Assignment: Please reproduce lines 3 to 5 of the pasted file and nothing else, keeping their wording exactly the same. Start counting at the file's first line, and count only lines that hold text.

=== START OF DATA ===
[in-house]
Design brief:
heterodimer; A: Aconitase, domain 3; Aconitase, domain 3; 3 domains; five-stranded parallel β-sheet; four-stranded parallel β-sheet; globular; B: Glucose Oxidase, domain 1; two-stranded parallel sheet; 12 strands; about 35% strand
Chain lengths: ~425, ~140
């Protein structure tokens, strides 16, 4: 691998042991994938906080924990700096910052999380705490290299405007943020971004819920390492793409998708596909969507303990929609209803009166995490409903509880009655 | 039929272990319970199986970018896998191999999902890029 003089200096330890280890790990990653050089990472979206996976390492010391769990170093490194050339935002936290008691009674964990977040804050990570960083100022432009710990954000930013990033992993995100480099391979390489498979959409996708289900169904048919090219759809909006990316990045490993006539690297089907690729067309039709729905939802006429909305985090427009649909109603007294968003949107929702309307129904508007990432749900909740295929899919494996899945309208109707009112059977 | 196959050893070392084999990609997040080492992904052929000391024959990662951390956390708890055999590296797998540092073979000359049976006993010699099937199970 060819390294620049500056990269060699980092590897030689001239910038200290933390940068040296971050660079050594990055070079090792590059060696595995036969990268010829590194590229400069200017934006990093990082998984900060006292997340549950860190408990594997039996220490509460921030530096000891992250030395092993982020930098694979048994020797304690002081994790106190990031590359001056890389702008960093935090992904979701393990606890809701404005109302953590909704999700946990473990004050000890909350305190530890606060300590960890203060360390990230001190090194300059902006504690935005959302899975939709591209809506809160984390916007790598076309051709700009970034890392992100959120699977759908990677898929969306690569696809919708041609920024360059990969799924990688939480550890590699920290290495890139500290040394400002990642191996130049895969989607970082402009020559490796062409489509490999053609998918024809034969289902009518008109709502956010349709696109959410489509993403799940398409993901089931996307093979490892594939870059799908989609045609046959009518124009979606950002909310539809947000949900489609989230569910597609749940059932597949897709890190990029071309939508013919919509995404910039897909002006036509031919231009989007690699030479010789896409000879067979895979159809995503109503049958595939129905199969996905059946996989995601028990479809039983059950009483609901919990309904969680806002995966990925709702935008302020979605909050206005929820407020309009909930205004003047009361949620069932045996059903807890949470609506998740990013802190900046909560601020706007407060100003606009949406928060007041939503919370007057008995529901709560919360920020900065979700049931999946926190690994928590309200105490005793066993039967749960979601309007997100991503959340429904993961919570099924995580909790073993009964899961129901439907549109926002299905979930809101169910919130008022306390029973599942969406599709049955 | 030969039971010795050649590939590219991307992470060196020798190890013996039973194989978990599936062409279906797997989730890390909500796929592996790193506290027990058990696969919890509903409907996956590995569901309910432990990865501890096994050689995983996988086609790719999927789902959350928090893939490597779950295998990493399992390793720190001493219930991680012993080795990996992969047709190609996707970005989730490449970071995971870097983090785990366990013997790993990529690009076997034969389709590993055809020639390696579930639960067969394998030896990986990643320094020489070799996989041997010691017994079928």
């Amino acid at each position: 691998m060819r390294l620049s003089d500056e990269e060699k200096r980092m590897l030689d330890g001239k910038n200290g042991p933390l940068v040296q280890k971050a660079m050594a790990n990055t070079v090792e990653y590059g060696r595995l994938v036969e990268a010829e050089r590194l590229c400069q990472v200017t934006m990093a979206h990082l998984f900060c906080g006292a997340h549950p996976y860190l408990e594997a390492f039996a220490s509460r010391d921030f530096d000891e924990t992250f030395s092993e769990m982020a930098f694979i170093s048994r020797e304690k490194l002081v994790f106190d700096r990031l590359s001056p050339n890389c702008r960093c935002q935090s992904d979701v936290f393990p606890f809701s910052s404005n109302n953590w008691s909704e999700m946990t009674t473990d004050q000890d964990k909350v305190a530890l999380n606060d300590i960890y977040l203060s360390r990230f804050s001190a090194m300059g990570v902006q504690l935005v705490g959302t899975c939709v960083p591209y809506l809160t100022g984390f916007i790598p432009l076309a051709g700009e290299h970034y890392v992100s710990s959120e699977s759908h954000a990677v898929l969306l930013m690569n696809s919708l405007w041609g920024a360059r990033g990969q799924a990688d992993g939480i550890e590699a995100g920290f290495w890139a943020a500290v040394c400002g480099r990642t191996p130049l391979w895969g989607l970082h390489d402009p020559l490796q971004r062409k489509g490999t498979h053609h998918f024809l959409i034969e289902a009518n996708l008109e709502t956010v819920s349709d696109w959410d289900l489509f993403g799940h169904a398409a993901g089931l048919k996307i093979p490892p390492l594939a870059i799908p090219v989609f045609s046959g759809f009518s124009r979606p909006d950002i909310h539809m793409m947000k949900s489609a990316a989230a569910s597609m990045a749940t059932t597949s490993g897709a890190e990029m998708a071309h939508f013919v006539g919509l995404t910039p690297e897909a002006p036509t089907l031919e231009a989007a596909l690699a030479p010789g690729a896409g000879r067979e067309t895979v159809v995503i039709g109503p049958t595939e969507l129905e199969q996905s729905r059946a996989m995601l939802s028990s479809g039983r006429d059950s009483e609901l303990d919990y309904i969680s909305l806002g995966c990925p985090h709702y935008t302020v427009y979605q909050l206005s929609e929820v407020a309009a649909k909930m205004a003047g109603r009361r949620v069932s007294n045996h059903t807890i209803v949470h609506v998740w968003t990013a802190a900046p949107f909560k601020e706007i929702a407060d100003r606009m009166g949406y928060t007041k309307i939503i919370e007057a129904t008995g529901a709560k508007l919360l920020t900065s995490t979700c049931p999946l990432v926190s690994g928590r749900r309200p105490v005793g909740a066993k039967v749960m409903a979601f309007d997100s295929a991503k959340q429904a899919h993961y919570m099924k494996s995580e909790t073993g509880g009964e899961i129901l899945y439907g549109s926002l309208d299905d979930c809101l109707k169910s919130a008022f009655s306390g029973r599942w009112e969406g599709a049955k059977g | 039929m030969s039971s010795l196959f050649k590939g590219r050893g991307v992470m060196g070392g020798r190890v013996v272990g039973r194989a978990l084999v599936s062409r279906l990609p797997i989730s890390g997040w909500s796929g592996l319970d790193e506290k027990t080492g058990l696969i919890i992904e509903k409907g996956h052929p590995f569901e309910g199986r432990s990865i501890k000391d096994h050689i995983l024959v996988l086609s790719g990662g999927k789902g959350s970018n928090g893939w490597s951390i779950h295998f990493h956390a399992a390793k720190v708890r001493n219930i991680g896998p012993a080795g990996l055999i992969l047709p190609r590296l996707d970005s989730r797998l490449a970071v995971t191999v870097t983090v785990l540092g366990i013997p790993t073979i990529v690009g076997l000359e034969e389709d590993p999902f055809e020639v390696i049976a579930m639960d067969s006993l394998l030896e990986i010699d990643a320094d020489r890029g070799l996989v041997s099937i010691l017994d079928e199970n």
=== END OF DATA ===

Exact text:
heterodimer; A: Aconitase, domain 3; Aconitase, domain 3; 3 domains; five-stranded parallel β-sheet; four-stranded parallel β-sheet; globular; B: Glucose Oxidase, domain 1; two-stranded parallel sheet; 12 strands; about 35% strand
Chain lengths: ~425, ~140
């Protein structure tokens, strides 16, 4: 691998042991994938906080924990700096910052999380705490290299405007943020971004819920390492793409998708596909969507303990929609209803009166995490409903509880009655 | 039929272990319970199986970018896998191999999902890029 003089200096330890280890790990990653050089990472979206996976390492010391769990170093490194050339935002936290008691009674964990977040804050990570960083100022432009710990954000930013990033992993995100480099391979390489498979959409996708289900169904048919090219759809909006990316990045490993006539690297089907690729067309039709729905939802006429909305985090427009649909109603007294968003949107929702309307129904508007990432749900909740295929899919494996899945309208109707009112059977 | 196959050893070392084999990609997040080492992904052929000391024959990662951390956390708890055999590296797998540092073979000359049976006993010699099937199970 060819390294620049500056990269060699980092590897030689001239910038200290933390940068040296971050660079050594990055070079090792590059060696595995036969990268010829590194590229400069200017934006990093990082998984900060006292997340549950860190408990594997039996220490509460921030530096000891992250030395092993982020930098694979048994020797304690002081994790106190990031590359001056890389702008960093935090992904979701393990606890809701404005109302953590909704999700946990473990004050000890909350305190530890606060300590960890203060360390990230001190090194300059902006504690935005959302899975939709591209809506809160984390916007790598076309051709700009970034890392992100959120699977759908990677898929969306690569696809919708041609920024360059990969799924990688939480550890590699920290290495890139500290040394400002990642191996130049895969989607970082402009020559490796062409489509490999053609998918024809034969289902009518008109709502956010349709696109959410489509993403799940398409993901089931996307093979490892594939870059799908989609045609046959009518124009979606950002909310539809947000949900489609989230569910597609749940059932597949897709890190990029071309939508013919919509995404910039897909002006036509031919231009989007690699030479010789896409000879067979895979159809995503109503049958595939129905199969996905059946996989995601028990479809039983059950009483609901919990309904969680806002995966990925709702935008302020979605909050206005929820407020309009909930205004003047009361949620069932045996059903807890949470609506998740990013802190900046909560601020706007407060100003606009949406928060007041939503919370007057008995529901709560919360920020900065979700049931999946926190690994928590309200105490005793066993039967749960979601309007997100991503959340429904993961919570099924995580909790073993009964899961129901439907549109926002299905979930809101169910919130008022306390029973599942969406599709049955 | 030969039971010795050649590939590219991307992470060196020798190890013996039973194989978990599936062409279906797997989730890390909500796929592996790193506290027990058990696969919890509903409907996956590995569901309910432990990865501890096994050689995983996988086609790719999927789902959350928090893939490597779950295998990493399992390793720190001493219930991680012993080795990996992969047709190609996707970005989730490449970071995971870097983090785990366990013997790993990529690009076997034969389709590993055809020639390696579930639960067969394998030896990986990643320094020489070799996989041997010691017994079928």